A response to RJ Clarken's "Monday Muse" in Flashy Fiction.
Staples anchored a white plastic square to the corner of the squat sandstone building that no longer looked new after the incessant sand that blew off the Great Victorian Desert. The flapping plastic intrigued Kent and he stooped to peer behind the plastic. A copper plaque read, "Never underestimate the power of stupid people in large groups. -- Unknown."
"G'day mate, no need to bother with that. You must be the American journalist. We should get out of the wind." The man dwarfed Kent. He placed his thick left arm, larger than Kent's thighs, on Kent's shoulder and guided him to the door. Upon entering the building Kent thought he might've gone deaf. It was so silent, but he realized he could hear his feet scuffling on the carpet. "It is good to meet you Mr. Clarkson. I'm Arthur, the site ombudsman, and I'll show you around today."
In the fluorescent lights, Kent got a good look at Arthur. He was a bear of a man, at least six-foot tall, and had a full beard more like a computer geek than a PR lackey. "What was that plaque about?"
"Nothing. Just a little old Australian humor. We're working with the construction firm right now. Do you need to set up anything before we start?"
"No, no. I'm all set, my video feeds streaming as we speak and my virtual assistant tells me that the audio is working perfectly."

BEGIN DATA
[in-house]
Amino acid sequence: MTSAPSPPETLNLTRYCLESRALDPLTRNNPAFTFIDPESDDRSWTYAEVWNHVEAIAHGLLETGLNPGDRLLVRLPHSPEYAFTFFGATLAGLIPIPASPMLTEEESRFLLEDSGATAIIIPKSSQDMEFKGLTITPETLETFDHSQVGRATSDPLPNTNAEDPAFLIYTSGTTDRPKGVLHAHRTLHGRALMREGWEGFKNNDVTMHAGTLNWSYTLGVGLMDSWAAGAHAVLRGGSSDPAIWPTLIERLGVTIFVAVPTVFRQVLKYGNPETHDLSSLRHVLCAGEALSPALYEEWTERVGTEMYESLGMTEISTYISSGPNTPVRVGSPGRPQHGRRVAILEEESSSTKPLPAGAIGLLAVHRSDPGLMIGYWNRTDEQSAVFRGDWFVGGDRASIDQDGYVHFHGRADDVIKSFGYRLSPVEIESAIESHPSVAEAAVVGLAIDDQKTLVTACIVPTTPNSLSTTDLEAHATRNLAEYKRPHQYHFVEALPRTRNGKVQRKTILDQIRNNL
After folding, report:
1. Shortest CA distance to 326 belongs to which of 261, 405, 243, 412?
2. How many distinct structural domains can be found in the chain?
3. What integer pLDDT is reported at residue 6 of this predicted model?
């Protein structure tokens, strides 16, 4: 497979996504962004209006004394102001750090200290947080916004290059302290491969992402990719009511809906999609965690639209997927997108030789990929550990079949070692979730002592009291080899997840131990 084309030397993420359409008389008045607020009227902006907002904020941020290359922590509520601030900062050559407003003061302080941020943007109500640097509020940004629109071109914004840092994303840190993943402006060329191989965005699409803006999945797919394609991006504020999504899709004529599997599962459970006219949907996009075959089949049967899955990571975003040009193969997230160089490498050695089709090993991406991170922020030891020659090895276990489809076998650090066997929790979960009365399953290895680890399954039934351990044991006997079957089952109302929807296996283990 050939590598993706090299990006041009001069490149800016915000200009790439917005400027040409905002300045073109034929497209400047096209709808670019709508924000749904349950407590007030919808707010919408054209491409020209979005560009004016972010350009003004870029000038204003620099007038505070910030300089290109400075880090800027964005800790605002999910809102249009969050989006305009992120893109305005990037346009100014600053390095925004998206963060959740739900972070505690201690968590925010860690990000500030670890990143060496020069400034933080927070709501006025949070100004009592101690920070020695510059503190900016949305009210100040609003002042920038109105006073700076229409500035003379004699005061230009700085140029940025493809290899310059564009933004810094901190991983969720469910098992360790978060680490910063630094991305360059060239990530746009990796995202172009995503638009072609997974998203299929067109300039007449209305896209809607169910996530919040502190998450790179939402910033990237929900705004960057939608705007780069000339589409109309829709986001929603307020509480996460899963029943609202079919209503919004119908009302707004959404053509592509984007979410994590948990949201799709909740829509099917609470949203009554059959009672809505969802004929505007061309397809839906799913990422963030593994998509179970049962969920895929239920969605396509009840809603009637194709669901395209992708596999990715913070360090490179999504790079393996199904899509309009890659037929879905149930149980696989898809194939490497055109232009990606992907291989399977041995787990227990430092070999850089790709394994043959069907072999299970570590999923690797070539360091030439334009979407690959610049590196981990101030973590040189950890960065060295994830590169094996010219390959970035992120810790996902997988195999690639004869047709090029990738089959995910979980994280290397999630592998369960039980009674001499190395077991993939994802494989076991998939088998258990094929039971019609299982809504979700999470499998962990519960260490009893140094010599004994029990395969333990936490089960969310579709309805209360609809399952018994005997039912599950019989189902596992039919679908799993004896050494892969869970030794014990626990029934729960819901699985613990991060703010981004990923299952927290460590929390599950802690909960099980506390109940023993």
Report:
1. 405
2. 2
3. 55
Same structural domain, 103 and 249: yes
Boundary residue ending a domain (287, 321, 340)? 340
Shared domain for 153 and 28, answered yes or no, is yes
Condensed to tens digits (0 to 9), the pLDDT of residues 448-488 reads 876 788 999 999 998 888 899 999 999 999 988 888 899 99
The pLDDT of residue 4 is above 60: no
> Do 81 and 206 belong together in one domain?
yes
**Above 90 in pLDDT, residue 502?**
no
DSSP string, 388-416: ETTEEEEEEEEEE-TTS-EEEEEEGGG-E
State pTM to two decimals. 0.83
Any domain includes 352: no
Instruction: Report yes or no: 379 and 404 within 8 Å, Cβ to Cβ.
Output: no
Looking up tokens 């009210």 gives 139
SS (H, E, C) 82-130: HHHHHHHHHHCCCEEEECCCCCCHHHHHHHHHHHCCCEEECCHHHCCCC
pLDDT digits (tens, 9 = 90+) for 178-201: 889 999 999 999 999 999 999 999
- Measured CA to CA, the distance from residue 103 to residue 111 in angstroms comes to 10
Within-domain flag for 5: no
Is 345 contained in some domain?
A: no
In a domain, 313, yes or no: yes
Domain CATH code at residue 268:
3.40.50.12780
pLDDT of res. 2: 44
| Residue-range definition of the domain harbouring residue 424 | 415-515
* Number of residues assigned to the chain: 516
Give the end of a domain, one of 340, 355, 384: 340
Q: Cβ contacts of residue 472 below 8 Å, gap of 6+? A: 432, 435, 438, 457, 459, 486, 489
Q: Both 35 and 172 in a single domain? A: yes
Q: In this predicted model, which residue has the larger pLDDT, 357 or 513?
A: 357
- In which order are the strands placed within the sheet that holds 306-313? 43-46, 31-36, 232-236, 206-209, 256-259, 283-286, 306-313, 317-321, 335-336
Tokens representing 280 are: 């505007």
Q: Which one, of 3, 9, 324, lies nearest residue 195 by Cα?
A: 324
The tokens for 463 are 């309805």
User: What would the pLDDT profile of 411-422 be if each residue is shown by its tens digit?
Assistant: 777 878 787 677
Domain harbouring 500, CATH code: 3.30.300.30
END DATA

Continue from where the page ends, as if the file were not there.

"Ahh... so this virtual assistant transcribes your interview into notes that you use to write the article later?"
"Absolutely not," said Kent. "All I do is the initial interview. The virtual assistant will ghostwrite the segment and I've got another virtual assistant to copy edit his story and then it's off to my editor. Don't worry, they're quality folks.
"Beaut, mate. Let's start this tour so you can do whatever you do when you're not being reporterly. You already know the history?"
"Yeah, yeah... no need to bore the virtual assistants. They've got all the info on background." Kent just wanted to get this over with so he could blow this joint and get back to Sydney where he could relax on an ocean beach.
They walked down the marble halls as the sand stuck in the tread of Kent's shoes squeaked. On the other side of a two-story window giant wheels spun as dozens of people jogged in the base. It looked like giant-sized hamster treadmills. Rubber belts attached to the central axle on the wheels and disappeared underground.
"The turbines are underground. Not much to see there, looks like any old power station."
"And they do this for free?" asked Kent.
"Not exactly for free, mate. If they want any power, they must hit their quota. But they get a free benefit out of it, no need to join a gym."